To the best of our knowledge, there are no data available on serial sampling of MR-proANP and MR-proADM at the time of initial triage after presentation due to chest pain and/or possible ACS. In the present study, we prognostically investigated serial triage sampling of both mid-regional peptides and verified their different kinetics. MR-proANP shows quicker release in the circulation than BNP and MR-proADM (online supplementary figure S1), with determination directly on admission delivering robust predictive value, and further serial measurements not adding any relevant prognostic information. These results confirm data from an older study by Jernberg et al showing that the relative change in N-terminal proBNP within 6 h of admission for acute-onset chest pain suggesting ACS did not carry any prognostic information.31 Although the concentrations of the different natriuretic peptides correlate with each other, they have different modes of secretion, different modes of degradation, and, most important, different ranges, cut-off values and half-lives.32

An important aspect of our study is the validation of the utility of the GRACE risk score33 as a predictive tool. As applied in our study, it performed excellently (C-index 0.80 (95% CI 0.73 to 0.87)) in predicting death or non-fatal MI in the 6 months after admission. According to our results, this performance could be further improved by the use of novel biomarkers such as MR-proADM and MR-proANP. This is consistent with previous results on different study cohorts22 ,24 and was shown for the first time in an unselected cohort of patients with chest pain, which might have important clinical implications.

The principal symptom that initiates the diagnostic and therapeutic cascade in patients with ACS is acute chest pain. Current guidelines1 recommend an early invasive strategy, based on elevated troponin and clinical risk scores such as the GRACE score. Identifying patients at risk and treating them aggressively can lead to a reduction in death, MI and refractory ischaemia of up to 28%.23 The present results generate the hypothesis that, in the setting of ACS, MR-proANP and MR-proADM could identify patients at risk, who might benefit from the early use of invasive treatment. Future studies should investigate this hypothesis. A further challenging issue is optimal care of patients with unstable angina (troponin negative) and elevated MR-proANP or MR-proADM, and even more demanding may be the optimal management of patients with non-cardiac chest pain with elevated MR-proANP or MR-proADM.

Limitations of the study

This study was performed on a representative German sample; distribution may differ in other regions. A relatively small number of events were registered during follow-up in this intermediate risk cohort, which may have led to unsound results especially in the multivariate survival analysis. Furthermore, the small number of events does not allow reliable statistical analysis regarding subgroups of the study cohort. The clinical benefit from improved risk stratification was not assessed from the study and can only be hypothesised.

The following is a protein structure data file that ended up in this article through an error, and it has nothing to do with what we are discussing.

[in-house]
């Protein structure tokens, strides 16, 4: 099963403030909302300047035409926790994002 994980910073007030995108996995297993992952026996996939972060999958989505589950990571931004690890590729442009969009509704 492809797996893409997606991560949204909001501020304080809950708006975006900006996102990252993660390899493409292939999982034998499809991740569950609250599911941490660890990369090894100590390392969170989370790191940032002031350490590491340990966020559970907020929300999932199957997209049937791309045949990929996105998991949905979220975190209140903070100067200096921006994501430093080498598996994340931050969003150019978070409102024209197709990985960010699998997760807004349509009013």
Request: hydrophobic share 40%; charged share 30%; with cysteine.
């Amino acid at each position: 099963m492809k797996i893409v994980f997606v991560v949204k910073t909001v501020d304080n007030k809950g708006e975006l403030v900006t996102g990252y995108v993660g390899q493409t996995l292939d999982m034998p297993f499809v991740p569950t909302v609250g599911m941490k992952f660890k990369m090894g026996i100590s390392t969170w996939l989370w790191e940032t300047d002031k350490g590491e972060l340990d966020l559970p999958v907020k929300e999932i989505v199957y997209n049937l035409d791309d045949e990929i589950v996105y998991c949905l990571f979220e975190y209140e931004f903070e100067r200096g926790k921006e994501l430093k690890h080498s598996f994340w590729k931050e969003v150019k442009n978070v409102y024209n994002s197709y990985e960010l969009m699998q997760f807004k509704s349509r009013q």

MR-proANP and MR-proADM are significant predictors of future cardiovascular events in patients presenting with acute chest pain. Their predictive value is greater than that of the established biomarkers, TnI and BNP, and complement clinical risk scoring systems such as the GRACE score. The possible benefit of using such predictors in risk stratification and triaging of patients with chest pain requires further investigation.


We thank the doctoral students Dudu Kutlu, MD, Christian Bredel, MD, Gerhard Pioro, MD, Ewa Czyz, MD, Eliana Pallazetti, MD, Irene Schönhagen, MD, Lars Lillpopp, MD and Anne Schauer (all from the Department of Medicine II, University Medical Center, Johannes Gutenberg University Mainz) for help with data acquisition. We also thank the employed staff of the biomarker laboratory (Department of Medicine II, University Medical Center, Johannes Gutenberg University Mainz) for their help with biomarker determination.


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  • TFM and SBl contributed equally.

  • Contributors All authors contributed significantly to the manuscript. Conception and design: ST, TK, SBl, TFM. Analysis and interpretation of data: FMO, TZ, PSW, EL, JK, SBa, CB, KJL. Drafting the article: ST, TK. Revising the article critically for important intellectual content: FMO, TZ, PSW, EL, JK, SBa, CB, KJL, TFM, SBl. Final approval of the version to be published: ST, TK, FMO, TZ, PSW, EL, JK, SBa, CB, KJL, TFM, SBl. ST and SBl had full access to all of the data in the study and take responsibility for the integrity of the data and the accuracy of the data analysis.

  • Funding This work was supported by the Johannes Gutenberg University of Mainz through the research programmes ‘Wissen schafft Zukunft’ and ‘Schwerpunkt Vaskuläre Prävention’ and by an unrestricted grant from BRAHMS and Abbott Diagnostics. The funders had no role in the design and conduct of the study, in the collection, management, analysis, and interpretation of the data, or in the preparation, review, or approval of the manuscript.

  • Competing interests JK is employed by BRAHMS. SBl is a member of the BRAHMS medical advisory board.

  • Ethics approval Ethics committee of the Johannes Gutenberg University of Mainz.

  • Patient consent Obtained.

  • Provenance and peer review Not commissioned; externally peer reviewed.